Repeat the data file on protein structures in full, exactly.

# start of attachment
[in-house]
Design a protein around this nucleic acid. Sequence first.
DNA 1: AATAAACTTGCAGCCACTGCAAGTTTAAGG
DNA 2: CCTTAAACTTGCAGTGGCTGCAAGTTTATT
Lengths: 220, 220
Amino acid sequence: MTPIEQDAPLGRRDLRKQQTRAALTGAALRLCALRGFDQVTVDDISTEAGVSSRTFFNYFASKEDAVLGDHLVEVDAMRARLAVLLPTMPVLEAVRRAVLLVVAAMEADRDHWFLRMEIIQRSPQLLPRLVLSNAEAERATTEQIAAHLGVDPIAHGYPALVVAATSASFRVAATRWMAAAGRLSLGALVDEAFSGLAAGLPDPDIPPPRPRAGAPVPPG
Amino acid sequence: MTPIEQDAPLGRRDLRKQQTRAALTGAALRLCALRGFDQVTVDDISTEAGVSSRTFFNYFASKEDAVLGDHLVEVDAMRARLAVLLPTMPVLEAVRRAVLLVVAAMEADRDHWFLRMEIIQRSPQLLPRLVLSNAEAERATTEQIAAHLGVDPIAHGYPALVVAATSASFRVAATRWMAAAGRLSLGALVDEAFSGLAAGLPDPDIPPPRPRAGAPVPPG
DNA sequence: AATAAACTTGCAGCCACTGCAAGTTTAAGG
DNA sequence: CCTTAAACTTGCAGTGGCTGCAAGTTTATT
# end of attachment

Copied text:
[in-house]
Design a protein around this nucleic acid. Sequence first.
DNA 1: AATAAACTTGCAGCCACTGCAAGTTTAAGG
DNA 2: CCTTAAACTTGCAGTGGCTGCAAGTTTATT
Lengths: 220, 220
Amino acid sequence: MTPIEQDAPLGRRDLRKQQTRAALTGAALRLCALRGFDQVTVDDISTEAGVSSRTFFNYFASKEDAVLGDHLVEVDAMRARLAVLLPTMPVLEAVRRAVLLVVAAMEADRDHWFLRMEIIQRSPQLLPRLVLSNAEAERATTEQIAAHLGVDPIAHGYPALVVAATSASFRVAATRWMAAAGRLSLGALVDEAFSGLAAGLPDPDIPPPRPRAGAPVPPG
Amino acid sequence: MTPIEQDAPLGRRDLRKQQTRAALTGAALRLCALRGFDQVTVDDISTEAGVSSRTFFNYFASKEDAVLGDHLVEVDAMRARLAVLLPTMPVLEAVRRAVLLVVAAMEADRDHWFLRMEIIQRSPQLLPRLVLSNAEAERATTEQIAAHLGVDPIAHGYPALVVAATSASFRVAATRWMAAAGRLSLGALVDEAFSGLAAGLPDPDIPPPRPRAGAPVPPG
DNA sequence: AATAAACTTGCAGCCACTGCAAGTTTAAGG
DNA sequence: CCTTAAACTTGCAGTGGCTGCAAGTTTATT